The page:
We were at the Macau Express at Singapore Expo for dinner. After we were done with our meals, my friend requested for a glass of plain water so that she could take her medicine. The waitress bluntly informed her that would be fifty cents.
Yes, no kidding. Fifty cents for a glass of plain water, probably straight from the tap.
I'm sure by now everybody knows that it is not uncommon for restaurants and cafes to either charge for plain water, or not to offer at all. Please do not be deluded thinking that this could be due to the reason that water is scarce in Singapore and therefore is expensive.
First of all, water has never been scarce in Singapore. Besides the not-so-amicable sources from Johor and many reservoirs all over the island, we are also having the SingSpring desalination plant and the all new Marina Barrage. And not forgetting the NEWater, though to some Singaporeans it is a Fear Factor drink.
Secondly, is water really that expensive in Singapore? A quick check on PUB's water tariff tells us that non-domestic tariff charge is $1.17/m cube, before GST. That doesn't look too unaffordable for a eating place open for business, does it? Oh, but there is a Water Conservation Tax levied by the Government to reinforce the water conservation message, which is 30% of the tariff. I would have to agree that 30% of the total bill, plus another 7% for GST, is not a small amount. But should the customers be paying to help the business conserve water? Will the amount of plain water given away in a day be more than the amount used in cooking and washing?
The eating places cannot just force it down our throats that the price of water is indeed an issue and the customers should pay, I meant do, their part in conserving water. Well, admittedly, we might not always finish up the whole glass of plain water which we requested for, and we are therefore falling under the category of wasting water. But is it really about conserving water?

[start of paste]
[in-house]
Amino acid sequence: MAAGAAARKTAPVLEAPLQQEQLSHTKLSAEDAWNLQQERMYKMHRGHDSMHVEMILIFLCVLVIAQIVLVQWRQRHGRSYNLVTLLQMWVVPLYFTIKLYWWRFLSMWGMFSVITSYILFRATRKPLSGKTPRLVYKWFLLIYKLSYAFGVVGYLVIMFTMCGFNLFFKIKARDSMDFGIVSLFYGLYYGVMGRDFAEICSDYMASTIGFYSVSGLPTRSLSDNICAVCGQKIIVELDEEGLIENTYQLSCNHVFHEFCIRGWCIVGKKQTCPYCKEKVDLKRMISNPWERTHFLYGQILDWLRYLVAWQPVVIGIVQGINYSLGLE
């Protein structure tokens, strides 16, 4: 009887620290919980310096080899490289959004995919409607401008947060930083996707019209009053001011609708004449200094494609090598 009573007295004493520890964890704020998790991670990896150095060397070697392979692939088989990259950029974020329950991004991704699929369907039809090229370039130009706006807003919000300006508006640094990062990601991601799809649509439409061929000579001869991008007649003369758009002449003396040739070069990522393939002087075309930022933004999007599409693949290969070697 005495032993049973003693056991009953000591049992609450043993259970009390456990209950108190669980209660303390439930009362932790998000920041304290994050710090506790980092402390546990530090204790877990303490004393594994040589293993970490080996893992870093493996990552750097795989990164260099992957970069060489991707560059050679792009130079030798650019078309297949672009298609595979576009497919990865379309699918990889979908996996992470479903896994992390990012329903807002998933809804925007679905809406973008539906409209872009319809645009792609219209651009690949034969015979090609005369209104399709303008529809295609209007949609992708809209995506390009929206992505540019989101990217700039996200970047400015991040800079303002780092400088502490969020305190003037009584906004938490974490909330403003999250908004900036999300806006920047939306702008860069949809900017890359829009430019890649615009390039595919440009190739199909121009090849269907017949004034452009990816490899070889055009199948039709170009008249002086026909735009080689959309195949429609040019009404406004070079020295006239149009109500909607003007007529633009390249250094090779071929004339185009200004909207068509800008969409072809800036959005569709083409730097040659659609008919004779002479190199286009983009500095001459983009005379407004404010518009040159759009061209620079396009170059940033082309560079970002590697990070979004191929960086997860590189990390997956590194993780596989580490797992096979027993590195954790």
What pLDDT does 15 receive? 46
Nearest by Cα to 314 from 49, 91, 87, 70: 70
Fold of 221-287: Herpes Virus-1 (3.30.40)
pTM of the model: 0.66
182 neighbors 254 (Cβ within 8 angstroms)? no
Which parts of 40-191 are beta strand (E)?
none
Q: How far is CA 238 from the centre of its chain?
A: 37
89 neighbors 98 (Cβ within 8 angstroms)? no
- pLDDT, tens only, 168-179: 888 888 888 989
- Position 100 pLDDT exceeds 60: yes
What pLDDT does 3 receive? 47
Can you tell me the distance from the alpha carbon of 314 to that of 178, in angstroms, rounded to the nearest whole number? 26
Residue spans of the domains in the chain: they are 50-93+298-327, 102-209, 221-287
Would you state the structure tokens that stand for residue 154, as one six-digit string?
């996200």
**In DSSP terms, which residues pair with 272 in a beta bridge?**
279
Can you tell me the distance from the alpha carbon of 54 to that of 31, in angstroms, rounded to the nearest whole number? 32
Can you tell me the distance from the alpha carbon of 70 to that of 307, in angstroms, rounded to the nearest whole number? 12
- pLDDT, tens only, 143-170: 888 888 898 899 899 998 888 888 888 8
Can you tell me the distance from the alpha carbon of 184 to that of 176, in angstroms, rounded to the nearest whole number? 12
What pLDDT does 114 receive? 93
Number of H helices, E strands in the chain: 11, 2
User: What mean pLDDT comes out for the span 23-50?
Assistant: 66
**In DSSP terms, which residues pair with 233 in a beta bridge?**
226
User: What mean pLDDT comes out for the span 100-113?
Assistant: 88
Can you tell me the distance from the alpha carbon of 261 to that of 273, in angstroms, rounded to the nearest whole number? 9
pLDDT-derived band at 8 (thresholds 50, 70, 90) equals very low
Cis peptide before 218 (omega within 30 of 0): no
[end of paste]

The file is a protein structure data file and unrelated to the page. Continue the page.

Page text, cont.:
It is a common practice in cafes, and even kopitiams, that you could request for a free refill of hot water for the cup of tea that you ordered. Why is it then that you are required to pay for a glass of plain water, but when you are refilling the same amount of water into your tea, it is free? Simple. Because you've already paid for your cup of tea and the eating place feels that you've already done your part as the customer. Pay.
Apparently, it all comes down to the dollar sign. Don't they all?
Strangly, expensive franchises like Coffee Beans and Tea Leaves could afford to offer iced plain water to their customers, but the smaller Hong Kong cafes with lower operations cost could not follow suit. How great a loss will they suffer if they were to start offering free plain water to their customers? Okay, say the customers were willing to pay for their plain water, isn't fifty cents too much to ask for? And for some eating places, why the difference in price between water with ice cubes and just plain water? Because the electricity bill is in play now?
One may argue that if the eating place were to offer plain water to the customers, the customers will most probably not order any drinks at all. Well, unless a customer is sitting at the table with just the free plain water, which would be preposterous, he/she must have ordered a main course, a side dish, or dessert! If the customer has already spent ten dollars on bowl of noodles, or five dollars on a small slice of cake, can't the cafe just give his/her wallet a break? Considering the low cost of raw materials involved in the production of these food, isn't the profit adequate to produce a spectacular Profit and Loss statement? Must the customer be so obliged to order a glass of lime juice or a cup of coffee?
For some posh cafes like Bakerzin cafes and the TCC at Clarke Quay (for some reasons, TCC cafes at other not as "prestigious" locations are willing to offer free plain water), their customers will not get plain water, even if they wished to pay for it. These are the places where only the finest Evian bottled mineral water is served. Yes, only Evian is served, not the cheap Ice Mountain. Perhaps the reason being they could charge you five dollars for an Evian and still look reasonable.
But what exasperates me is that, like most coffee drinkers, I would prefer not to have my breath to smell of espresso after the drink, and a small glass of plain water would just be what I needed, not a whole bottle of Evian! And I'm still bemused. Why only Evian? This is Singapore, so serve Ice Mountain, Spring Fresh or Aqua, for goodness's sake!
While the eating places are having so much issues offering free plain water to their customers, it would make perfect sense for the customers to BYO, to bring along a bottle of plain water. However this does not work as well, because almost every restaurant, cafe, kopitiam, and even an eating place as small as your bed room has this flamboyant sign that says "No outside food and drinks allowed"!
Macau Express,plain water,Bakerzin,TCC,Clarke Quay,Evian,iced water